Russian pipeline gas flows have fallen significantly this year. The latest data shows that Year-to-Date pipeline flows from Russia to Europe have fallen by around 50% YoY to roughly 58bcm. And, obviously, these flows have declined progressively as we have moved through the year with reduced output via Ukraine and Nord Stream. Daily Russian gas flows to the EU are down around 80% YoY at the moment. Therefore, if we assume that Russian gas flows remain at current levels through 2023, annual Russian pipeline gas to the EU could fall by a further 60% to around 23bcm in 2023. And clearly, there is a very real risk that the remaining flows will be halted.
The liquefied natural gas (LNG) market has helped Europe significantly this year. LNG imports into the EU over October grew by almost 70% YoY, with volumes exceeding 9bcm.
However, there are constraints to how much more LNG Europe can import due to limited LNG regasification capacity. However, we have seen the start-up of a fair amount of regasification capacity in the form of floating storage regasification units (FSRUs) over the second half of this year. The Netherlands, Germany, Finland & Estonia have – or are in the process of – starting up operations at these FSRUs with a combined capacity in the region of 23-27bcm. Germany is expected to bring a further 15bcm of regas capacity online early next year. This will help with some of the infrastructure constraints Europe is facing, but the issue is also around global LNG supply and the limited capacity which is expected to start next year.
Global LNG export capacity was set to grow by around 19bcm in 2023, driven by the US, Russia and Mauritania. However, following Russia’s invasion of Ukraine and the sanctions which followed, it is likely that any ramping up of Russian capacity is surely on hold. Russian capacity makes up for 46% of the total new capacity expected next year. Therefore, we could see just 10.5bcm of new supply capacity.
The pace of inventory builds during the 2023 injection season will be much more modest compared to what we have seen this year, given the reductions in Russian supply. The ability of the EU to completely turn to other sources is just not possible. Therefore, Europe is likely to go into the 2023/24 winter with tight storage, which could leave the region vulnerable.
In order to get through the 2023/24 winter comfortably, we will have to see continued demand destruction once again. This will have to be either as a result of market forces or EU-mandated demand cuts. While Europe should be able to scrape through the 2023/24 winter if current Russian gas flows continue, it is much more challenging if remaining Russian gas flows come to a full stop.
Therefore, we believe that there is upside to European gas prices in 2023. However, much will depend on how much storage the EU manages to draw down this winter.
The US natural gas market this year has also seen significant strength, trading to multi-year highs. Strong global LNG prices, stronger demand from the power sector and below-average inventories have all proved bullish for Henry Hub. However, the outlook for US gas prices is more bearish. US dry gas production is expected to hit record levels next year, growing by a little more than 1.6bcf/d to average almost 99.7bcf/day over 2023, whilst finishing 2023 with output in excess of 100bcf/day.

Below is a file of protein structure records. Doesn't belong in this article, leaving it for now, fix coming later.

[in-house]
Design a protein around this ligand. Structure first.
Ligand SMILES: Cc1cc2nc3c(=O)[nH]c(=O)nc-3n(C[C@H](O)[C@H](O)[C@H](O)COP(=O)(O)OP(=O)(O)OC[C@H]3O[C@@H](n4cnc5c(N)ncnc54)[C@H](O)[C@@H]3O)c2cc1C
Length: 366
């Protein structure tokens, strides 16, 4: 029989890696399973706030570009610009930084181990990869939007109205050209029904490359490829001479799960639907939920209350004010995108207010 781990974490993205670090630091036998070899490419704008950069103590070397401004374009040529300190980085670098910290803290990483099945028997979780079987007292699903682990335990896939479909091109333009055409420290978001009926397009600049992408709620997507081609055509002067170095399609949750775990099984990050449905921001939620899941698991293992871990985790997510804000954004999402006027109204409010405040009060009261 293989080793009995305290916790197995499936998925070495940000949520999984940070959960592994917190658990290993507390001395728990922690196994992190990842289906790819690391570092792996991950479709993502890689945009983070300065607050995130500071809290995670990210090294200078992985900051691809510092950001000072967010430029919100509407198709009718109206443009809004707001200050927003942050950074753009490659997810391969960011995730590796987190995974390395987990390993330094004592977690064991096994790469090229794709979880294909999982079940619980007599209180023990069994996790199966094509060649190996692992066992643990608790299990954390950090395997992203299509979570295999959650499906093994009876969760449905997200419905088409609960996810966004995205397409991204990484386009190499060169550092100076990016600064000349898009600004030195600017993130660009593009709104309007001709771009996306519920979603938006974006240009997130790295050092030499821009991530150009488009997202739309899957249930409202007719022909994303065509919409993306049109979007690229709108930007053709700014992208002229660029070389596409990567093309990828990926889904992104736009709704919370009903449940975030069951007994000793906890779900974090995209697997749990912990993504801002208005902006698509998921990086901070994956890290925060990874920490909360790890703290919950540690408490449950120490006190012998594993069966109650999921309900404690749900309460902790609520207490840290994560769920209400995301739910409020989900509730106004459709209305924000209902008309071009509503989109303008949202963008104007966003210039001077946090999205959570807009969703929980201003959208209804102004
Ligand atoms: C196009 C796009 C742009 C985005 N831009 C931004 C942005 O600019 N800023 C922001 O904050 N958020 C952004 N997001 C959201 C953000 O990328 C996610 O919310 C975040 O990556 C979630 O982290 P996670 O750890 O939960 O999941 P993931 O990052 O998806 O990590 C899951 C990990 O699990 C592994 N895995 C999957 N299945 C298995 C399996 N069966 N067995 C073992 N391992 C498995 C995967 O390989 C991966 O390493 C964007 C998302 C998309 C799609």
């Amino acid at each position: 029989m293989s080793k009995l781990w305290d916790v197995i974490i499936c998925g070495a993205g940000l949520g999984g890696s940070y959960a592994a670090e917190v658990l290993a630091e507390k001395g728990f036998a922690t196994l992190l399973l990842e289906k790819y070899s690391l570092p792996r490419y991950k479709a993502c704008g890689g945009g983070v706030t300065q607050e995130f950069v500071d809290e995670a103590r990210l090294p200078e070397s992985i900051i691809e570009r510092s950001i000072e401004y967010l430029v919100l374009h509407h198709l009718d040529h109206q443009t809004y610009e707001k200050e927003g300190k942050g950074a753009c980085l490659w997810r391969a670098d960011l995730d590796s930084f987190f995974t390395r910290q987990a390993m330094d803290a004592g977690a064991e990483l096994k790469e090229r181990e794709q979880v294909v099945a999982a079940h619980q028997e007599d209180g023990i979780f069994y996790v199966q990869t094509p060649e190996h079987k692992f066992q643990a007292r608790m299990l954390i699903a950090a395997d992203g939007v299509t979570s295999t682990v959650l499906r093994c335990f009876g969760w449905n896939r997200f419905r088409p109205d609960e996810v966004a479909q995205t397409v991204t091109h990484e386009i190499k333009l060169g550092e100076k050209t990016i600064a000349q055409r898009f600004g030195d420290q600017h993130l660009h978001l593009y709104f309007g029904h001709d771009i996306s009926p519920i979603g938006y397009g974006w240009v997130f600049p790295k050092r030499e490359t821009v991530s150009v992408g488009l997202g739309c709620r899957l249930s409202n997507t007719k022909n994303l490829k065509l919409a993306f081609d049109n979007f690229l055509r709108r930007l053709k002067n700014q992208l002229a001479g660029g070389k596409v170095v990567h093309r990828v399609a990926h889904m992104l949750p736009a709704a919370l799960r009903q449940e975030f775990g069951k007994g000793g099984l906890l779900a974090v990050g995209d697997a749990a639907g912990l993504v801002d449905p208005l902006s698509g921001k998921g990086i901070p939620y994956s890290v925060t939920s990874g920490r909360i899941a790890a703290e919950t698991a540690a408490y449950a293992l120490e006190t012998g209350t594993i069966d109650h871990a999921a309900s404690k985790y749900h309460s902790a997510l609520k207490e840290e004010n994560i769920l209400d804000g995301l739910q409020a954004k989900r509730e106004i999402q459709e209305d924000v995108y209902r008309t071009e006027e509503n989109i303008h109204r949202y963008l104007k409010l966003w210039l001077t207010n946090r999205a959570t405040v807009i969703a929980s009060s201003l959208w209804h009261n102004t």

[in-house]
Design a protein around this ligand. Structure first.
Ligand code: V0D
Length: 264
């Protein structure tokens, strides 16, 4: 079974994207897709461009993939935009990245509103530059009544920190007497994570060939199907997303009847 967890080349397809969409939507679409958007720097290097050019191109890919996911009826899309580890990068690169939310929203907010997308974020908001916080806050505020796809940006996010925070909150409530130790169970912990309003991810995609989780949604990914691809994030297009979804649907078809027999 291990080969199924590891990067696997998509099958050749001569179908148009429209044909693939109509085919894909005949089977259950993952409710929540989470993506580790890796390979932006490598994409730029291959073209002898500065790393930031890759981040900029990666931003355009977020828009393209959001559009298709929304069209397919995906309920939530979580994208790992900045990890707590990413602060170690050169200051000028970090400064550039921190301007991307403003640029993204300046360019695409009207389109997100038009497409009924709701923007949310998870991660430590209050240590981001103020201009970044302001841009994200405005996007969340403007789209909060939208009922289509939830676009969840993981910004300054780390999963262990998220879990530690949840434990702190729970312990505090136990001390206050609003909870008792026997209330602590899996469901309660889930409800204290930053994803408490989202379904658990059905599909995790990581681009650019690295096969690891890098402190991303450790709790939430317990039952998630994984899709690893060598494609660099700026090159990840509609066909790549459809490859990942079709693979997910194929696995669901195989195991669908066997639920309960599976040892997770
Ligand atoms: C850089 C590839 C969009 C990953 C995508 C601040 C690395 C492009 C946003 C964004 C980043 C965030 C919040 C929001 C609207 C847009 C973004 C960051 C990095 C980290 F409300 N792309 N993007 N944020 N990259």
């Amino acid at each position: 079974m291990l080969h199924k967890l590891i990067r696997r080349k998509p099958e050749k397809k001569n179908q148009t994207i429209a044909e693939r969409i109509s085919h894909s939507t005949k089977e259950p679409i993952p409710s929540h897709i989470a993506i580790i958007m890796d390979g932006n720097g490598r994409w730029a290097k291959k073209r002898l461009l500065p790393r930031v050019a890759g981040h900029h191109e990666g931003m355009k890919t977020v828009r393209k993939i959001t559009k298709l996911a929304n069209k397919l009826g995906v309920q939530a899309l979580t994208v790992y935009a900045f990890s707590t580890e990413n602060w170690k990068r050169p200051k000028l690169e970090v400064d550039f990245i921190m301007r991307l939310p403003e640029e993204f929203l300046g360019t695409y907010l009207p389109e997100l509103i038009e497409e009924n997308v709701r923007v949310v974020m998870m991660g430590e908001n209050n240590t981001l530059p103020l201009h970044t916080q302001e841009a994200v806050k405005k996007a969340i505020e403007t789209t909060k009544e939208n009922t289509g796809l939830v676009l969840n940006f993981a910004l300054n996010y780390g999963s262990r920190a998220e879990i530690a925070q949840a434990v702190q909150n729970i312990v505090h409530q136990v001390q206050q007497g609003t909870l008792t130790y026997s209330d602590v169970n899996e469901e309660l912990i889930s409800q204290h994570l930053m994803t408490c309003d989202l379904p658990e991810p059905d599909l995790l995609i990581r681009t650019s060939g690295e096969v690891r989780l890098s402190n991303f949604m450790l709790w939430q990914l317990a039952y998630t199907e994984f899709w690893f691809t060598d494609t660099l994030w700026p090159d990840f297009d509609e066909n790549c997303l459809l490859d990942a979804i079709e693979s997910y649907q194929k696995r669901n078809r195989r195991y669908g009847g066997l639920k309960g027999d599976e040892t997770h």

In addition, this year saw stronger demand from the power sector over the summer, which pushed overall gas demand higher this year. Expectations are that domestic demand will fall back towards more normal levels. Meanwhile, on the export side, while there is more LNG capacity set to start up over the course of the year, this is fairly limited. LNG exports are expected to average a little over 12.3bcf/day in 2023, up from an estimated 10.8bcf/day in 2022.
As a result, over the course of 2023, we should see US natural gas inventories moving from below their five-year average to above it ahead of the next heating season. In fact, the US could go into the 2023/24 winter with storage at its highest levels since 2020. Therefore, we expect Henry Hub to trade lower in 2023 relative to 2022.
The uncertainty around our gas price forecast is high given the geopolitical situation and the direction of the global economy. You can find our gas price scenarios here.
Power outlook: 2023 could be another perfect storm for European power markets
In 2022 Europe not only faced a major gas crisis, it also had to cope with a broader power crisis. Yes, this was partly a result of what was going on in the gas market, but there are a number of other factors which have helped to see power prices skyrocket.
First, France experienced prolonged periods of nuclear capacity outages. This is partly due to regular maintenance and refuelling, but reactors are also taken offline due to more serious weld issues and signs of corrosion. Nuclear summer output in 2022 stood at around 25 GW, well below the levels above 40 GW seen in the summer of 2021. Nuclear output was also down because of heatwaves which limited the amount of cooling water for nuclear power plants. As a result, France experienced the highest power prices in Europe, while it used to have the lowest when nuclear power operated at full capacity. The distress in the French power had knock-on effects on Germany due to lower exports of electricity to the industry-rich southern part of the country.
Second, Europe’s hydropower market was also negatively impacted by severe droughts. Reservoirs started drying up. Hydro stocks in France, Spain, Italy and Portugal were all below the 5-year average.
Finally, Rhine water levels recorded record lows in 2022. As a result, some river-based coal plants are facing supply issues and cannot generate as they would like.
We expect power markets to remain very tight in 2023, with benchmark APX prices averaging €375/MWh. The height of the summer price peak will depend on whether Europe will experience another drought and whether it can keep existing nuclear capacity running while maximising output from coal-fired power stations. And as always, power markets remain local markets with large variations in the level of power prices across European bidding zones.